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Buy a SanDisk Type A MicroSD card
It is important to seek out a Type A1 MicroSD card as A2 is not yet supported. Here is a link to a suitable 128GB MicroSD card for $28

https://www.bestbuy.com/site/sandisk-ultra-plus-128gb-microsdxc-uhs-i-memory-card/6346816.p?skuId=6346816

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If your current laptop you will be using to flash the MicroSD card does not have an SD card slot, you should also get an SD to USB adapter. Here is a link to one for $20.

https://www.bestbuy.com/site/insignia-usb-3-0-memory-card-reader/5787406.p?skuId=5787406#tabbed-customerreviews

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In addition, you will need a very small flat head screw driver to insert the MicroSD card all the way into the MicroSD card slot after you have flashed it.

Pinebook Pro requires a special adapter to use Ethernet
By default, the Pinebook Pro only uses WIFI. However, if you have a USB-C to Ethernet adapter, you can connect to the Internet with an Ethernet cable. Ethernet is not only 10 times faster than WIFI, it is also more secure and it is a much more reliable connection that the Pinebook Pro WIFI connection. (note: you can alternately use a USB to Ethernet adapter. But the USB to Ethernet adapter seems to stop working after a few hours while the USB-C to Ethernet adapter works well indefinitely.) Here is a link to a USB-C to Ethernet adapter that costs about $20 https://www.bestbuy.com/site/insignia-usb-c-to-ethernet-adapter-black/6470804.p?skuId=6470804

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Pinebook Pro has a great battery but a limited charging system
The Pinebook Pro is capable of being run for 8 hours or more on its incredible battery – making it a great travel laptop. However, while running with the charger connected, the Pinebook Pro can actually be discharging power if you keep the screen brightness at 100 percent. The solution to this problem is to dim the screen to about 70 percent. However, dimming the screen to less than 100 percent creates a second problem. Sadly, the microphone will start to create a low buzzing sound. The best solution to this problem is to use an inexpensive Logitech headset which will completely eliminate the buzzing sound while doing video conferencing and making recordings. We will also review additional options for reducing the buzzing sound.

In addition, the charger that comes with the Pinebook Pro has an extremely short cord which is unlikely to reach your electrical outlet. You should therefore have a longer extension cord to go between the Pinebook Pro charger and your wall outlet.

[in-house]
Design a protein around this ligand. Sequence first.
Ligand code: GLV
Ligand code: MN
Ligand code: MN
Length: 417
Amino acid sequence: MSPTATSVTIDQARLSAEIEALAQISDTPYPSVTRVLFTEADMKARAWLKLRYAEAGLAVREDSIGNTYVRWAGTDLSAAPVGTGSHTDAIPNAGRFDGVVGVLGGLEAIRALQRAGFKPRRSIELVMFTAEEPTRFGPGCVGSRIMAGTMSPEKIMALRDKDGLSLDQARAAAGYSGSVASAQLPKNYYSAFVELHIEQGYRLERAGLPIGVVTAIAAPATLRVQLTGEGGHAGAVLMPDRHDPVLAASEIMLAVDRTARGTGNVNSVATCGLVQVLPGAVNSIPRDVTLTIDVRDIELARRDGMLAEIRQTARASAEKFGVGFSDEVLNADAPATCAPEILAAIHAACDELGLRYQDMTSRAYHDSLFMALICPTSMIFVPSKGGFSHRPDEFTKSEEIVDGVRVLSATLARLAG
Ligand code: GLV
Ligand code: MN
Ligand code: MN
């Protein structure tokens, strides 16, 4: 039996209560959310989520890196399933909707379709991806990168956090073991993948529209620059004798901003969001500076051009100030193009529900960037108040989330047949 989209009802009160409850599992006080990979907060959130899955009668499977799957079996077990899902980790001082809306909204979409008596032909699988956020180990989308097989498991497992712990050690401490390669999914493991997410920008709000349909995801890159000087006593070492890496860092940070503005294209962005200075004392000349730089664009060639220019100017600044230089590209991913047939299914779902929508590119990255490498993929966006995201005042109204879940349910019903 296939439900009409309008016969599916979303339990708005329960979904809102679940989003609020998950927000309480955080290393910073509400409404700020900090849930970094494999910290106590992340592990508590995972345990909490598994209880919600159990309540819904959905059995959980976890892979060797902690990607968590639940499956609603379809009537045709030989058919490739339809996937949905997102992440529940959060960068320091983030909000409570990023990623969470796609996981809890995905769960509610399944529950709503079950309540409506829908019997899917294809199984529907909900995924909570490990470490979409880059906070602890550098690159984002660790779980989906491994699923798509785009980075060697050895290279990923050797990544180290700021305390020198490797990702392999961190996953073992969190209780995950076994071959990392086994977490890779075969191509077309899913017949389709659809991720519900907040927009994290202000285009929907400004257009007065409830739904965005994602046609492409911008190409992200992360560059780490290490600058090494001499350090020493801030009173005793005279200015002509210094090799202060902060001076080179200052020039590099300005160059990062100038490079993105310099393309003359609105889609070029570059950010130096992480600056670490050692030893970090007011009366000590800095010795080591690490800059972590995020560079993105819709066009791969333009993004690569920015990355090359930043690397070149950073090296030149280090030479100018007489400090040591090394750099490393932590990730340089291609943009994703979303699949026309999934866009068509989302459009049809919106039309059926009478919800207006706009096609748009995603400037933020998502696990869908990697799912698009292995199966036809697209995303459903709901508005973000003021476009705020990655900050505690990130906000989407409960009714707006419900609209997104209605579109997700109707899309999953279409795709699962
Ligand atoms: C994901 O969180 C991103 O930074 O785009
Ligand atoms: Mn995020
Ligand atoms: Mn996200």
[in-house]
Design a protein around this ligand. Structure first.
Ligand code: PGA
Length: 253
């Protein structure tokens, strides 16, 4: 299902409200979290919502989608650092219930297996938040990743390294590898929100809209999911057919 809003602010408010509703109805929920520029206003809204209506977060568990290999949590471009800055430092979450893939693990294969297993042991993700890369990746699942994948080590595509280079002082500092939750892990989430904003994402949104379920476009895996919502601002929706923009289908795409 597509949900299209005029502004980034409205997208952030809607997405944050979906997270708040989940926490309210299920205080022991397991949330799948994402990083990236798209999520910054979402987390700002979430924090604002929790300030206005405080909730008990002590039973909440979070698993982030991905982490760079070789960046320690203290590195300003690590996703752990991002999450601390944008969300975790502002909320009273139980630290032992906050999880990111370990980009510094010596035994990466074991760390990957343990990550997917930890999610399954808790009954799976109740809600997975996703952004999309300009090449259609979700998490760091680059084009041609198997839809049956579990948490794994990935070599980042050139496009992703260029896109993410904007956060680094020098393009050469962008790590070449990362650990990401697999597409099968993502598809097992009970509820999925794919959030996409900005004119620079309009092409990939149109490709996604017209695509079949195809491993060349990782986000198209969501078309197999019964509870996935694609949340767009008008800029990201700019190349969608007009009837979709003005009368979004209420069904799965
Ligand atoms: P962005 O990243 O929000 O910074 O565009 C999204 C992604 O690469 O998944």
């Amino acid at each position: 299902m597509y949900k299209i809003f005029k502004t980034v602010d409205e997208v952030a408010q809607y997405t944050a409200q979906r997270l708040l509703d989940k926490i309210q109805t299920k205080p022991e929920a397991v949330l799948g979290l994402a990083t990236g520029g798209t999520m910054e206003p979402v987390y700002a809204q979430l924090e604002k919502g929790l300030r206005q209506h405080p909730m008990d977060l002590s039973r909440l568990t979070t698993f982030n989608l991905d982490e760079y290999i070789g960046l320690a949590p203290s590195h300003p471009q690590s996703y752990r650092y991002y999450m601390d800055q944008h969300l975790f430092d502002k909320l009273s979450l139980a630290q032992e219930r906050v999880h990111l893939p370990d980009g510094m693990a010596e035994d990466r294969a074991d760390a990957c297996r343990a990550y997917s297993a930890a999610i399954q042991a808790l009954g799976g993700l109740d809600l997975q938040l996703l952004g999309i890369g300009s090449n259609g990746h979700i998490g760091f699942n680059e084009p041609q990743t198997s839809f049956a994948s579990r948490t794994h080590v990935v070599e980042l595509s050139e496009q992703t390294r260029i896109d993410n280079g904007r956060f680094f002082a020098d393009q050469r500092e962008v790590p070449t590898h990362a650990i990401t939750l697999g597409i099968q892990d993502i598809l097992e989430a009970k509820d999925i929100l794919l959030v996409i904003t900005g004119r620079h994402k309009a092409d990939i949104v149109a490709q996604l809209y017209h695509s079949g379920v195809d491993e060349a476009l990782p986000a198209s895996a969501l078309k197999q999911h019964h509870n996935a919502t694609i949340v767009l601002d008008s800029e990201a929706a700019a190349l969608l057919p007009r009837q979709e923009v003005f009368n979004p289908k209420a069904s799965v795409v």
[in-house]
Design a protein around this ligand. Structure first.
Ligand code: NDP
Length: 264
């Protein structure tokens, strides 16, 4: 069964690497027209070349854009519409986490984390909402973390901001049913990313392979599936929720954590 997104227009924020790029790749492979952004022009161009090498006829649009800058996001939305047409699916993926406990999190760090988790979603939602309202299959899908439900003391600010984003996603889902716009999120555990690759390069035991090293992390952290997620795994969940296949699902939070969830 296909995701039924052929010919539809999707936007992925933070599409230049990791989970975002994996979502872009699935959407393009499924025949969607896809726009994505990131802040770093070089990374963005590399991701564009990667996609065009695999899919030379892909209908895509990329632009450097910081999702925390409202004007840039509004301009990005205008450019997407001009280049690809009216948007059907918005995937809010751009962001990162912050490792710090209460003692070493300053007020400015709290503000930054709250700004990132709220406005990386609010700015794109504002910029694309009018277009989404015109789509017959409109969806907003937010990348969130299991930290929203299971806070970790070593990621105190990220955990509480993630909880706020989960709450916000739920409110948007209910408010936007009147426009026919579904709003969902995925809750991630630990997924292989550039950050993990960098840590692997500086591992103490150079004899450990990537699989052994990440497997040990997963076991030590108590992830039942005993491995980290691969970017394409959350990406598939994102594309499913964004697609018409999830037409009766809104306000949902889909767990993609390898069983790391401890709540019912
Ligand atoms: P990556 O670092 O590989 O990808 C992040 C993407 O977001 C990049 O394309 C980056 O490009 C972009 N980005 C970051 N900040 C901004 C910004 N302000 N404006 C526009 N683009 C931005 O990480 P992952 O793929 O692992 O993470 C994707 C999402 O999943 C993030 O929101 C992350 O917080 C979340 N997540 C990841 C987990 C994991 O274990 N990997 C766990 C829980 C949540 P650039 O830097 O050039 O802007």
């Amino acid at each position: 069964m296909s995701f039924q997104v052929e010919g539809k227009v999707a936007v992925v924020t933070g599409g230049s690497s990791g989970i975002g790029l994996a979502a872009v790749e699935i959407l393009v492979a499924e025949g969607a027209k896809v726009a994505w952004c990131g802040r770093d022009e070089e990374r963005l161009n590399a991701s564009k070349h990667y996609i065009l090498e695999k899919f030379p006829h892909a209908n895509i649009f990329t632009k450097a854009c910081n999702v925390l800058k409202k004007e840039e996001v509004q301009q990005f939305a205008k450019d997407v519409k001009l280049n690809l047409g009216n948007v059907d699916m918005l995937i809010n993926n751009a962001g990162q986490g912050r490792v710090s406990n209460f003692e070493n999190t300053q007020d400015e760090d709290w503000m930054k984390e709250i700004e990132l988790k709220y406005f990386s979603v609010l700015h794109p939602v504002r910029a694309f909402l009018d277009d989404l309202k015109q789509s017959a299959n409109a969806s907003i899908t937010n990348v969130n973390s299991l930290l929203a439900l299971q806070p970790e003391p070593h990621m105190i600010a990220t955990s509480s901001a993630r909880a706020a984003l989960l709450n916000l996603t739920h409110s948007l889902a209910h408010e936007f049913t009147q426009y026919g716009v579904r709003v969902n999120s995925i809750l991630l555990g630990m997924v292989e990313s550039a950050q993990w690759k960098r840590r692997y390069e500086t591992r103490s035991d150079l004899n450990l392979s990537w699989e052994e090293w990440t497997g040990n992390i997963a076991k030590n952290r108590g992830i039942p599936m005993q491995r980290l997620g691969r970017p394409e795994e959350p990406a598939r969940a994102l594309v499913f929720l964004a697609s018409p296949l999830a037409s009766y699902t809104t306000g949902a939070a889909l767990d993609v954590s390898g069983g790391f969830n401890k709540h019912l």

Finally, I also recommend using a wired mouse connected to the left side USB port which will allow us to turn off the touch pad which does not work very well. Using both USB ports also seems to reduce the buzzing sound.

Other useful extras: Because the built in speaker is not very good, you may want to buy either a USB headset (cost $40 to $60) and or an external speaker to connect to the speaker jack on the Pinebook Pro (Cost $40 to $60).

Setup Step 1… Configure the default EMMC Desktop
Connect the charger to your extension cord and plug the extension cord into your electric outlet and the charger plug into your Pinebook Pro. Then connect your Ethernet cord to your USB-C to Ethernet adapter and plug the adapter into the USB-C Port on the left side of your Pinebook Pro – with the other end plugged into your Internet Router. Plug your mouse into the USB port on the left side of your Pinebook Pro. Then press down on the On button and wait for the small green light to appear near the upper left corner of your Pinebook Pro keyboard. Then stop pressing the On button.

Wait for at least one minute. A green M and spinning wheel may appear and the screen may go black for one minute. Eventually, the Welcome to Manjaro ARM Linux rolling set up screen should appear:

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There may be a screen in front of this screen asking to set your use a password. Just close this initial password screen and process with the set up steps.

The Welcome screen has the language set for American English. Click Next. The Location screen, assuming your Pinebook is connected to the Internet with an Ethernet cable, should automatically find your correct time zone. Otherwise, click Region America, Zone Los Angeles and click Next. Keyboard default is US English. Click Next. On the Users screen, enter your first name and enter a password you will remember. Then check Log in automatically and Use same password for administrator. Then click Next.

Next page is Summary. Click Set up. A Welcome screen will appear. It will then say All Done. Click Done to restart. After a minute, the initial screen will appear. Now that our EMMC drive is properly set up, we are ready to create and set up our first MicroSD card drive.